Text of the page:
Mark Schlabach has ranked the ten BCS Champions and magically puts the four SEC national champions in four of the bottom five spots. If Schlabach wasn’t a former writer for the AJC, where he covered the UGA beat quite competently for several years, I’d be fulminating about his being biased against SEC teams. Instead, I simply think that he underrates the importance of strength of schedule and overrates rolling up big numbers in one or two games.
Take his treatment of 2004 USC and 2005 Texas, for example. The 2004 USC team was excellent, but they did have a number of close calls against pretty average opponents. The luster of that team comes from the beatdown they put on Oklahoma in the national title game, but in retrospect, is beating Oklahoma in a BCS game really that much of an accomplishment? In contrast, 2005 Texas was a more dominant team from start to finish. They blew out every opponent, save for an excellent Ohio State team (on the road, no less). They then beat much the same USC team (OK, USC’s defense wasn’t the same, but their offense was intact and even better than 2004) in Southern California. For my money, 2005 Texas is the only team in the past ten years that would give 2001 Miami a run for its money.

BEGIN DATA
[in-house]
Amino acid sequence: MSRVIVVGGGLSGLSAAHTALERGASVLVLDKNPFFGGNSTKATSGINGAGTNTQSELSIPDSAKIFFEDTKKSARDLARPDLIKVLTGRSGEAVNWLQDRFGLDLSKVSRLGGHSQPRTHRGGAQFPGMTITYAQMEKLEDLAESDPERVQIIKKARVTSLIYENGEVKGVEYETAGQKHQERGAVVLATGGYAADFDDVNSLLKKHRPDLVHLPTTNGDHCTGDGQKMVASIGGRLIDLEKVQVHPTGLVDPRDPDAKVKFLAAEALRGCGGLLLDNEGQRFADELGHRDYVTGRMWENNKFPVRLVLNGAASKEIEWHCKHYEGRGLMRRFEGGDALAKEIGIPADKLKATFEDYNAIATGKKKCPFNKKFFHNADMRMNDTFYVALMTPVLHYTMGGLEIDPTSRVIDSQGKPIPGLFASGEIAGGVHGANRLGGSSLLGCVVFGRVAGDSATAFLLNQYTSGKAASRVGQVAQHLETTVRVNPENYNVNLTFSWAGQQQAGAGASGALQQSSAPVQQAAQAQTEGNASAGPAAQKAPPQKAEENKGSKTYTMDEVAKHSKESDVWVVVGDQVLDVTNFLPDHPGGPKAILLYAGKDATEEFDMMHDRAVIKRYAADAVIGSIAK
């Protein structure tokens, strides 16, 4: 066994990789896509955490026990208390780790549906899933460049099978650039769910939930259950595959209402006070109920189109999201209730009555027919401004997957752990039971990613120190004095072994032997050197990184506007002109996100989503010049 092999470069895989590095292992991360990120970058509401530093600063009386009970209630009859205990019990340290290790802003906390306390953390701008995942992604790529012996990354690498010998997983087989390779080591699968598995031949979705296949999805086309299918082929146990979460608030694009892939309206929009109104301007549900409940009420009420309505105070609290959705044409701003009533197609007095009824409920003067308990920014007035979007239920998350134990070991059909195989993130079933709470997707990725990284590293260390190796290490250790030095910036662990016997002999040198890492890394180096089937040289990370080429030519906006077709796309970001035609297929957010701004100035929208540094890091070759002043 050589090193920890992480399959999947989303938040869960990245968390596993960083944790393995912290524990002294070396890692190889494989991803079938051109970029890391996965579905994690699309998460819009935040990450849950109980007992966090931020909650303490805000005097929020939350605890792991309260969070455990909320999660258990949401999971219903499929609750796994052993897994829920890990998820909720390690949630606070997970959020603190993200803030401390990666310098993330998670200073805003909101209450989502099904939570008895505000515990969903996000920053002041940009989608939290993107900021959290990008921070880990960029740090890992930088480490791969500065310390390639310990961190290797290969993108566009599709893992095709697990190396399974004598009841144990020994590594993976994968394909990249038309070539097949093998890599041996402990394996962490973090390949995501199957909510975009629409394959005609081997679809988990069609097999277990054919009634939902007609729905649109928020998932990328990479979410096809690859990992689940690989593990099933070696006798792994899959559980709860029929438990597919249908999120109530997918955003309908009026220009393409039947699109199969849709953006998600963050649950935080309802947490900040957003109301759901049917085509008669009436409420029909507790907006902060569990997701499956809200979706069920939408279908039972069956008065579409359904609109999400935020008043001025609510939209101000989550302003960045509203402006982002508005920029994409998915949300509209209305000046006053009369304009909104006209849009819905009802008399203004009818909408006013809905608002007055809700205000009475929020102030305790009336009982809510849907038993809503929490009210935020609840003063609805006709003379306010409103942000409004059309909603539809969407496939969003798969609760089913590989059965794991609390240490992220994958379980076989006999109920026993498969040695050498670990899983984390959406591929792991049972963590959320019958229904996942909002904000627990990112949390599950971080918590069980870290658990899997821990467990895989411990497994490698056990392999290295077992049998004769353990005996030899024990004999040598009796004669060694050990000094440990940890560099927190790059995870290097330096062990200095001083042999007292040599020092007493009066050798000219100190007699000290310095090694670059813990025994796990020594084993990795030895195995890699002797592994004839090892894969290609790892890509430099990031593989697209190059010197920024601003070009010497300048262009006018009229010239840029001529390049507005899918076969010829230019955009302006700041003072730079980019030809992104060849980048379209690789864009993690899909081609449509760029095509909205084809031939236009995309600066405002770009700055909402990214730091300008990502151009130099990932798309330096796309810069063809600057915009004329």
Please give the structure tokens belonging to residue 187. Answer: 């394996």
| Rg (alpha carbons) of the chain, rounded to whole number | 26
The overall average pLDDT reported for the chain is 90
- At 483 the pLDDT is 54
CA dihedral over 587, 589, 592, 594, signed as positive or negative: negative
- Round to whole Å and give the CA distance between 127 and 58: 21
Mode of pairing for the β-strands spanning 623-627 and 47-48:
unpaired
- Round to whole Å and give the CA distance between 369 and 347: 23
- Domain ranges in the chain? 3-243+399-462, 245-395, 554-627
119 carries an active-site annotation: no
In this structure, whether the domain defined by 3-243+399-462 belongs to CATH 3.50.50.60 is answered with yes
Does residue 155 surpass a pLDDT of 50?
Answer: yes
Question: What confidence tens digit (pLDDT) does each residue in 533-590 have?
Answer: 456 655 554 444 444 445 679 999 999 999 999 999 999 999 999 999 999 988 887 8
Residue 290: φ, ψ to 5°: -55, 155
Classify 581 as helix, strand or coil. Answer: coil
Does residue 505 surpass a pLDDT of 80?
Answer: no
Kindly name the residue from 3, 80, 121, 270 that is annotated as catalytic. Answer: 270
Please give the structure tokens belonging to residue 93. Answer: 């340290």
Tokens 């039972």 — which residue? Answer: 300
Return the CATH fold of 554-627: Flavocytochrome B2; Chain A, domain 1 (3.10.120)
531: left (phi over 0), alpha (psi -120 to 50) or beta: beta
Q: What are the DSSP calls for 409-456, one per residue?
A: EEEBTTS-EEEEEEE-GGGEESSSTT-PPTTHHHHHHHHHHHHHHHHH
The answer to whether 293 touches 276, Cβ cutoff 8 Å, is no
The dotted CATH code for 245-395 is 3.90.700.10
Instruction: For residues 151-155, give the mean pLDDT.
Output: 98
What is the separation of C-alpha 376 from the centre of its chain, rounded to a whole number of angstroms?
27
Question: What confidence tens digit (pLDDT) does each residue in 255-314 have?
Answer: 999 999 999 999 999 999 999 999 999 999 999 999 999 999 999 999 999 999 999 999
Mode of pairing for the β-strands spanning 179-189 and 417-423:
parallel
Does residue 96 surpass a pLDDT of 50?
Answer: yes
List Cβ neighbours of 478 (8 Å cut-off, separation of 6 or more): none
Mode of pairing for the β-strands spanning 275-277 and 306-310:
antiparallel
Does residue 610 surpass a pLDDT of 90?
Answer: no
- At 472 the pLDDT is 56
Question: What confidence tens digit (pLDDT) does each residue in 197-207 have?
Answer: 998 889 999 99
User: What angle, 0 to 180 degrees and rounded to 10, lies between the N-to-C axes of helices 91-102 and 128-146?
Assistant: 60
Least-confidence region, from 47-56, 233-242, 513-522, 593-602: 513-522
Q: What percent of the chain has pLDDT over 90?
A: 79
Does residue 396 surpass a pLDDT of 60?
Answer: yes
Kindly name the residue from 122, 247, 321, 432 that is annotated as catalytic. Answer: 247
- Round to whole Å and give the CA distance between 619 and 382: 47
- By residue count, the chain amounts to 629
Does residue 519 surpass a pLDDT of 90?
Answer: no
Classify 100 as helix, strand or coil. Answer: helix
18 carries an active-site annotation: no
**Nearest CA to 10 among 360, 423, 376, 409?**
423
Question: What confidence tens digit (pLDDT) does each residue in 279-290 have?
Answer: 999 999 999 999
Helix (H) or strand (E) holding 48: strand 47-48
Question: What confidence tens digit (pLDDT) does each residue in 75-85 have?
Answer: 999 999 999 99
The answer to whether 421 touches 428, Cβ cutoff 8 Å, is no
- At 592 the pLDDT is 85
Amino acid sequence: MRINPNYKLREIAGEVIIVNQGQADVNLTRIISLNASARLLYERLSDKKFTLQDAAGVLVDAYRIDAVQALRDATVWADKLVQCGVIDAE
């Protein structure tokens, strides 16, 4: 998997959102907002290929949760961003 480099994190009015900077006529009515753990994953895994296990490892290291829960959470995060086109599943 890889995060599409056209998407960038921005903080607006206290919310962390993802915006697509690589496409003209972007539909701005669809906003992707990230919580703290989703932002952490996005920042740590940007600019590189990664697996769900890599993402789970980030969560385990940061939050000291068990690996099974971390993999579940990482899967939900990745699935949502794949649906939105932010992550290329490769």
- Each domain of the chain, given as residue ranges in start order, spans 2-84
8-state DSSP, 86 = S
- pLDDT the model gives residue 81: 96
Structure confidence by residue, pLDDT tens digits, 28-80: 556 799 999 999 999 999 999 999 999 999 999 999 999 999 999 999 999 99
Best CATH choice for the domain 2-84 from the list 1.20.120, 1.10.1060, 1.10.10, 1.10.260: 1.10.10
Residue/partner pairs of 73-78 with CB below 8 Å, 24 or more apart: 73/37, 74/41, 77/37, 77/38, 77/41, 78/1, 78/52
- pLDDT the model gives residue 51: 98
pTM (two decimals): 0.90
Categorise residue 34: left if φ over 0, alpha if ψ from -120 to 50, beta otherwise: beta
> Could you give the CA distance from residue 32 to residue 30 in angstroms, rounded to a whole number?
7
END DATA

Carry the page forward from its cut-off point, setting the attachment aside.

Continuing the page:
To test Schlabach’s conclusions, I decided to take a look at Sagarin’s rankings for the same time period and here’s what the computer says: